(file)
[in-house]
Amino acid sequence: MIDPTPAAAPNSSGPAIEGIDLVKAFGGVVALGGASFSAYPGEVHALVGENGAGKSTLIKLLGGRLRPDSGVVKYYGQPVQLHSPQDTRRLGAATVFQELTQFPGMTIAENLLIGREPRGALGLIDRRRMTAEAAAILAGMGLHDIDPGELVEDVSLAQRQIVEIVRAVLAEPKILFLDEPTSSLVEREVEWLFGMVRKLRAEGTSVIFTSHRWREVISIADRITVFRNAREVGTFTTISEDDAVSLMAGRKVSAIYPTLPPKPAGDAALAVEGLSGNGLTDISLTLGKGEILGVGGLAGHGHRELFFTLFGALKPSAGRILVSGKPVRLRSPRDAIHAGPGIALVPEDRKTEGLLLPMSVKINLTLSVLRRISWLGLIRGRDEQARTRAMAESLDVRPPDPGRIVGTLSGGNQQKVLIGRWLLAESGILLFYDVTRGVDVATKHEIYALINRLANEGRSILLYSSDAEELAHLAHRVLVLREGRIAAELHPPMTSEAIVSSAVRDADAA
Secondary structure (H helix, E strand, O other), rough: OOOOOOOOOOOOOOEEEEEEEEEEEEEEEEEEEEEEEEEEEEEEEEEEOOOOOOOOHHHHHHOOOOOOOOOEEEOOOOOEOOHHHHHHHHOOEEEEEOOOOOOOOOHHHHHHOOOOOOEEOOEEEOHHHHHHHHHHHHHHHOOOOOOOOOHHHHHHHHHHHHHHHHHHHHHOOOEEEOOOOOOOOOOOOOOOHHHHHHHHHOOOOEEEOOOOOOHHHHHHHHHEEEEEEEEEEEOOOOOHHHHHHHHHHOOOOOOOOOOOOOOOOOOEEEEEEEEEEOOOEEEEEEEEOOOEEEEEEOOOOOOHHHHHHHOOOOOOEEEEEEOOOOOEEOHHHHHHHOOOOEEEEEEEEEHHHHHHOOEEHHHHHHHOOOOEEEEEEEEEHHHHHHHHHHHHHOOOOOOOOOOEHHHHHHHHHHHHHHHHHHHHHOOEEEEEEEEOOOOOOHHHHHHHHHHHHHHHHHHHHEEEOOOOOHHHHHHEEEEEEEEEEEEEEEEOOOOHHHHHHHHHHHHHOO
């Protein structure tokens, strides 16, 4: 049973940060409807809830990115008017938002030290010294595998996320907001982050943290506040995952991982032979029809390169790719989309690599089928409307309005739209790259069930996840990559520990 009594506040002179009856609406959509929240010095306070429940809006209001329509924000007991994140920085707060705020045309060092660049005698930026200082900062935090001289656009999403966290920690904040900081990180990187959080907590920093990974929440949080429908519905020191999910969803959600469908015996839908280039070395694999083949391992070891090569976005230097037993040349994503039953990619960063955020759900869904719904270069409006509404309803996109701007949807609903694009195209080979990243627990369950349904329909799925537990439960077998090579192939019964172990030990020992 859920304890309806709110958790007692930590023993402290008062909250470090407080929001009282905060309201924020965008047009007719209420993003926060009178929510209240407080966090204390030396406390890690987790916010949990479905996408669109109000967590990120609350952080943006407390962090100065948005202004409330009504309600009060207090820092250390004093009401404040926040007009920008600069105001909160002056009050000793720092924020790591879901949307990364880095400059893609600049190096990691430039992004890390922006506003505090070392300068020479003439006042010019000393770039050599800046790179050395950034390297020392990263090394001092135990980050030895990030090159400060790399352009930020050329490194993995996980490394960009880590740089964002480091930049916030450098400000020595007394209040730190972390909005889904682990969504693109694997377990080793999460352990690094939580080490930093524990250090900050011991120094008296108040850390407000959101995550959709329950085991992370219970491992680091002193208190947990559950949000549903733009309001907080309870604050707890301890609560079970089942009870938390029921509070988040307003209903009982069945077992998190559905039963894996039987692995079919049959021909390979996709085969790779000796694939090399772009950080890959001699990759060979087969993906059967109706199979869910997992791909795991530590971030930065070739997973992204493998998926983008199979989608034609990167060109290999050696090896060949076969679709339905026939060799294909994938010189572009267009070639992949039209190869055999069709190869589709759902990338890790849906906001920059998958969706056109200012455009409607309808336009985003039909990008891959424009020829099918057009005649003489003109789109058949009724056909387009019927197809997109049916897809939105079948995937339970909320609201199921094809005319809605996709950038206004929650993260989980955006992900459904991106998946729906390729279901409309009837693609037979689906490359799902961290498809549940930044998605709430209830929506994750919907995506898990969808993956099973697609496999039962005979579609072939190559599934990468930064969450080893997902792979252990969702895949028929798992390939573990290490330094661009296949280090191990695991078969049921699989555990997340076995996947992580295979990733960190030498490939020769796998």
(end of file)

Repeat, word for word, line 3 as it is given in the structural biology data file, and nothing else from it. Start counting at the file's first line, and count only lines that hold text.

Secondary structure (H helix, E strand, O other), rough: OOOOOOOOOOOOOOEEEEEEEEEEEEEEEEEEEEEEEEEEEEEEEEEEOOOOOOOOHHHHHHOOOOOOOOOEEEOOOOOEOOHHHHHHHHOOEEEEEOOOOOOOOOHHHHHHOOOOOOEEOOEEEOHHHHHHHHHHHHHHHOOOOOOOOOHHHHHHHHHHHHHHHHHHHHHOOOEEEOOOOOOOOOOOOOOOHHHHHHHHHOOOOEEEOOOOOOHHHHHHHHHEEEEEEEEEEEOOOOOHHHHHHHHHHOOOOOOOOOOOOOOOOOOEEEEEEEEEEOOOEEEEEEEEOOOEEEEEEOOOOOOHHHHHHHOOOOOOEEEEEEOOOOOEEOHHHHHHHOOOOEEEEEEEEEHHHHHHOOEEHHHHHHHOOOOEEEEEEEEEHHHHHHHHHHHHHOOOOOOOOOOEHHHHHHHHHHHHHHHHHHHHHOOEEEEEEEEOOOOOOHHHHHHHHHHHHHHHHHHHHEEEOOOOOHHHHHHEEEEEEEEEEEEEEEEOOOOHHHHHHHHHHHHHOO